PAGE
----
Preston received a perfect pass off the boards from his teammate. There was just over a minute to go in the tied hockey game and he turned to make his move up ice. He took the puck over the blue line and began moving to the net, but he had two defenders in front of him and no open shooting lane. However, Todd had penetrated the D and was waiting for a pass on the left side of the net. No one had picked him up, he was wide open. What to do? It was a no brainer, get the puck to Todd. Preston knew what they had been practicing over and over, but he couldn’t shake the voice of his dad screaming at the top of his lungs. His dad always wanted him to take the shot himself. He constantly told Preston his teammates weren’t as good with the puck as he was. Yet, coach had been drilling the team on working together. Give the puck to the one with the clear shot and there sat Todd in perfect position. Preston knew what the right thing to do was, but he could see the face of his father now, who was pounding on the glass, screaming, “Take the shot Preston, take the shot”. Preston wound up and shot. The puck never got through; it bounced off the defender and onto the stick of the opponent. Quick as a flash they cleared the zone and were moving up ice, leaving Preston and Todd behind the play. They skated hard, but didn’t get back before the red light flashed. The other team scored! As Preston skated toward the bench, he glanced over to where his Dad was standing. His red face stuck out from across the ice and he could see the disapproval in his eyes. It didn’t matter now that Preston had done what he said, he didn’t get the result his dad wanted. Preston just looked away; he knew it would be a long ride home. For now he had to face Coach, Todd and the rest of his teammates.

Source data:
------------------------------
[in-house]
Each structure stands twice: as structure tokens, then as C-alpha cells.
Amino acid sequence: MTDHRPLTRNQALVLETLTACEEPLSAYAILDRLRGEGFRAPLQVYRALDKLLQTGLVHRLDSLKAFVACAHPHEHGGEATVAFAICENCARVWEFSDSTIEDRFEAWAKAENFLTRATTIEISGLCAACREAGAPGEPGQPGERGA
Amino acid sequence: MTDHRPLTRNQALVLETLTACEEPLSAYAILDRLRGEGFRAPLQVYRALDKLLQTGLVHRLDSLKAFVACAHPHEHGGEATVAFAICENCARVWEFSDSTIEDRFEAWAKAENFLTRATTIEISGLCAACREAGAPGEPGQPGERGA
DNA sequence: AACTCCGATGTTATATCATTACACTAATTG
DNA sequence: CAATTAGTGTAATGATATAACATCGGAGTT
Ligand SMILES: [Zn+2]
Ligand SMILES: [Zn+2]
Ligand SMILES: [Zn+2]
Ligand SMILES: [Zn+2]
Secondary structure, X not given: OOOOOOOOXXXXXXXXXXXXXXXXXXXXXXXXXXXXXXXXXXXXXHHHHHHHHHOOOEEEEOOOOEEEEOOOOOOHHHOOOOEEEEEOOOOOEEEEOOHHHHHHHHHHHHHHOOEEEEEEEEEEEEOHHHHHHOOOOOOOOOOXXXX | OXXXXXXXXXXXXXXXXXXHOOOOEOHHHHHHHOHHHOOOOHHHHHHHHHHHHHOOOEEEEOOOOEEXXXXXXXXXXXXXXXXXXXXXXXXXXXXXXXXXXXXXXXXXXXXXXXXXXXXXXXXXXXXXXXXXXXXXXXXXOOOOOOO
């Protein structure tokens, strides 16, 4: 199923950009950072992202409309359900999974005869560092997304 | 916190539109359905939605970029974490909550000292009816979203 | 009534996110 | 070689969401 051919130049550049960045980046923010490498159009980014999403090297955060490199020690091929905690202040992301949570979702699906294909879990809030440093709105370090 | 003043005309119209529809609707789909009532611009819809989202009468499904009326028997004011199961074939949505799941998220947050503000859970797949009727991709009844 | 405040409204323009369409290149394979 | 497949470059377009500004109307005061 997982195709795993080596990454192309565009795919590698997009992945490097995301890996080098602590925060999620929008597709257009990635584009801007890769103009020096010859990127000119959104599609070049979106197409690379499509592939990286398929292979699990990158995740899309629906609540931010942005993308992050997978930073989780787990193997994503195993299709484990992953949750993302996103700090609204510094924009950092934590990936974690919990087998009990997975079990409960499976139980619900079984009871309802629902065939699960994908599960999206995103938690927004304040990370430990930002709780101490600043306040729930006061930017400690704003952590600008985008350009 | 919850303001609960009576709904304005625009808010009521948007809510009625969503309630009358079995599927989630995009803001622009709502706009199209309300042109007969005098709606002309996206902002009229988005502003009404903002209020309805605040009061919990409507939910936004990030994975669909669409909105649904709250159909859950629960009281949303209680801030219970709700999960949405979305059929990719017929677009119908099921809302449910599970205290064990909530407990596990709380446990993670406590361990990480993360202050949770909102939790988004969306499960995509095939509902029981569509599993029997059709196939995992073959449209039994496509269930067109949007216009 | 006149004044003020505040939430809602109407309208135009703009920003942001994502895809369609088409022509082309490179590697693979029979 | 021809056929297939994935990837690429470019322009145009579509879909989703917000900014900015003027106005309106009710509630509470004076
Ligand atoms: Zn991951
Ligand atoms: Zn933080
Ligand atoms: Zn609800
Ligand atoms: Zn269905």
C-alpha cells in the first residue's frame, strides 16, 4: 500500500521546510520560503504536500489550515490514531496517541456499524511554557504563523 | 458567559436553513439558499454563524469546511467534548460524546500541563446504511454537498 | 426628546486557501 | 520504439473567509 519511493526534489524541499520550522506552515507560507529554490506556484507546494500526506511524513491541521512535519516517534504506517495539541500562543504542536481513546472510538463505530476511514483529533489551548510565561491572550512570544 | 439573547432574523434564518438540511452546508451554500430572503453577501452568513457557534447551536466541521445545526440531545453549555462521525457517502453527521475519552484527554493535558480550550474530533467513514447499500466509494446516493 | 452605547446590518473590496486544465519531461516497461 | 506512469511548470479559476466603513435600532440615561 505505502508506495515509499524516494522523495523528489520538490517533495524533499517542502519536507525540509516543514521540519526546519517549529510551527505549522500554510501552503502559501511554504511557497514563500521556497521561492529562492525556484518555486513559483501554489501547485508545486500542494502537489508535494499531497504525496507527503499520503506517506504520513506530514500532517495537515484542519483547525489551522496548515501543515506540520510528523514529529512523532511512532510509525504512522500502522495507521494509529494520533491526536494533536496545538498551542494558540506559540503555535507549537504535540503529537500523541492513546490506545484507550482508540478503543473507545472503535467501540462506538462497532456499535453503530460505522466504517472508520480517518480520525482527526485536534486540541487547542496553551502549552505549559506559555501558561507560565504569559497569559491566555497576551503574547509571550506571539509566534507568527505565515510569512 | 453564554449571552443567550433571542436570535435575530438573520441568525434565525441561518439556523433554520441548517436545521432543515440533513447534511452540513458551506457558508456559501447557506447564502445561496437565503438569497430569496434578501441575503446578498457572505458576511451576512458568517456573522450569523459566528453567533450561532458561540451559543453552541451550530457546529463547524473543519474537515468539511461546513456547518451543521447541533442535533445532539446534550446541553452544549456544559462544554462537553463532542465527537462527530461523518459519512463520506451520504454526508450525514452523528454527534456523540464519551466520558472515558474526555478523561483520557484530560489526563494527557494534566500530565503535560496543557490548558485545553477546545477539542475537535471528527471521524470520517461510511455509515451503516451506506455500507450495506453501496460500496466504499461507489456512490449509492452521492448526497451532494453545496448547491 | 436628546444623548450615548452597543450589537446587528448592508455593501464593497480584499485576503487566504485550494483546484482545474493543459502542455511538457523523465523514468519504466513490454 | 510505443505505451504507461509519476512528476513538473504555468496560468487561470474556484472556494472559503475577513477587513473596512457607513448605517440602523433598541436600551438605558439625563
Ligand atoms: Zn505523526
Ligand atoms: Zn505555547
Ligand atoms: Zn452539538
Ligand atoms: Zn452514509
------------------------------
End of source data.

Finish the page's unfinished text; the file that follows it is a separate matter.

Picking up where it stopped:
How many times is this scenario or a similar one, played out in our hockey rinks or sports fields all across America? As a hockey mom and a marital and family therapist, I am amazed and disturbed by the intensity of parents when it comes to our children’s sports. Don’t get me wrong, I am a die-hard hockey mom, with or without lipstick. I love to watch my boys play the sport they love. I can cheer loudly with the best of them. But there is a line that too many parents are crossing these days. When cheers of encouragement turn to yells of discouragement or when parents forget they are the PARENT and not the COACH, the line is crossed.